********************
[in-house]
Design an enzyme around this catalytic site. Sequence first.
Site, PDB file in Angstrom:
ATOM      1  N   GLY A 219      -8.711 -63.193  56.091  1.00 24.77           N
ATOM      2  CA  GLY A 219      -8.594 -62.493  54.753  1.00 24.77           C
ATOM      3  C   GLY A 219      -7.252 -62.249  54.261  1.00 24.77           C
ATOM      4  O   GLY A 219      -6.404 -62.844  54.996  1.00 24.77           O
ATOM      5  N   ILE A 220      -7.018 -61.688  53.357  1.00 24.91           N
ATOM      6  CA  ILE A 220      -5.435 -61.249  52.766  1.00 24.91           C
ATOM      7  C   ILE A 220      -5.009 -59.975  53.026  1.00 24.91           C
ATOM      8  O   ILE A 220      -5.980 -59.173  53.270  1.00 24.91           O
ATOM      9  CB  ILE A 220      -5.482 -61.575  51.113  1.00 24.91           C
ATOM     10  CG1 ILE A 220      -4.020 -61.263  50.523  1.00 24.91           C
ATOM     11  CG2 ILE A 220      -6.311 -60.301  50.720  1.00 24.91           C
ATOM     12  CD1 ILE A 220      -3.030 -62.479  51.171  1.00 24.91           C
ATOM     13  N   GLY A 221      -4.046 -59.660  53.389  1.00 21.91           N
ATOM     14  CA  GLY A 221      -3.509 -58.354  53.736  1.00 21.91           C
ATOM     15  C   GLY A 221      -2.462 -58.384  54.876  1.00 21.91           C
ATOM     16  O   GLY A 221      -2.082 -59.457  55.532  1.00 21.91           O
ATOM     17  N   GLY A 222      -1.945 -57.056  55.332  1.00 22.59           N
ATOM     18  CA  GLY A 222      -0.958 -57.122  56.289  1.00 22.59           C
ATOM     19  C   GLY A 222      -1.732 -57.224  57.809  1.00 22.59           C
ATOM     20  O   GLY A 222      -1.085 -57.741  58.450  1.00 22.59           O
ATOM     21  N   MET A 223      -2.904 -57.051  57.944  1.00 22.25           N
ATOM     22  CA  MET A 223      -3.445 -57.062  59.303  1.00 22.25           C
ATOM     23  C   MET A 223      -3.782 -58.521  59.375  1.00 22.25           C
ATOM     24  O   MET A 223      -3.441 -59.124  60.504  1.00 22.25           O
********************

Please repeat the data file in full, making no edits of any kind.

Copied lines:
[in-house]
Design an enzyme around this catalytic site. Sequence first.
Site, PDB file in Angstrom:
ATOM      1  N   GLY A 219      -8.711 -63.193  56.091  1.00 24.77           N
ATOM      2  CA  GLY A 219      -8.594 -62.493  54.753  1.00 24.77           C
ATOM      3  C   GLY A 219      -7.252 -62.249  54.261  1.00 24.77           C
ATOM      4  O   GLY A 219      -6.404 -62.844  54.996  1.00 24.77           O
ATOM      5  N   ILE A 220      -7.018 -61.688  53.357  1.00 24.91           N
ATOM      6  CA  ILE A 220      -5.435 -61.249  52.766  1.00 24.91           C
ATOM      7  C   ILE A 220      -5.009 -59.975  53.026  1.00 24.91           C
ATOM      8  O   ILE A 220      -5.980 -59.173  53.270  1.00 24.91           O
ATOM      9  CB  ILE A 220      -5.482 -61.575  51.113  1.00 24.91           C
ATOM     10  CG1 ILE A 220      -4.020 -61.263  50.523  1.00 24.91           C
ATOM     11  CG2 ILE A 220      -6.311 -60.301  50.720  1.00 24.91           C
ATOM     12  CD1 ILE A 220      -3.030 -62.479  51.171  1.00 24.91           C
ATOM     13  N   GLY A 221      -4.046 -59.660  53.389  1.00 21.91           N
ATOM     14  CA  GLY A 221      -3.509 -58.354  53.736  1.00 21.91           C
ATOM     15  C   GLY A 221      -2.462 -58.384  54.876  1.00 21.91           C
ATOM     16  O   GLY A 221      -2.082 -59.457  55.532  1.00 21.91           O
ATOM     17  N   GLY A 222      -1.945 -57.056  55.332  1.00 22.59           N
ATOM     18  CA  GLY A 222      -0.958 -57.122  56.289  1.00 22.59           C
ATOM     19  C   GLY A 222      -1.732 -57.224  57.809  1.00 22.59           C
ATOM     20  O   GLY A 222      -1.085 -57.741  58.450  1.00 22.59           O
ATOM     21  N   MET A 223      -2.904 -57.051  57.944  1.00 22.25           N
ATOM     22  CA  MET A 223      -3.445 -57.062  59.303  1.00 22.25           C
ATOM     23  C   MET A 223      -3.782 -58.521  59.375  1.00 22.25           C
ATOM     24  O   MET A 223      -3.441 -59.124  60.504  1.00 22.25           O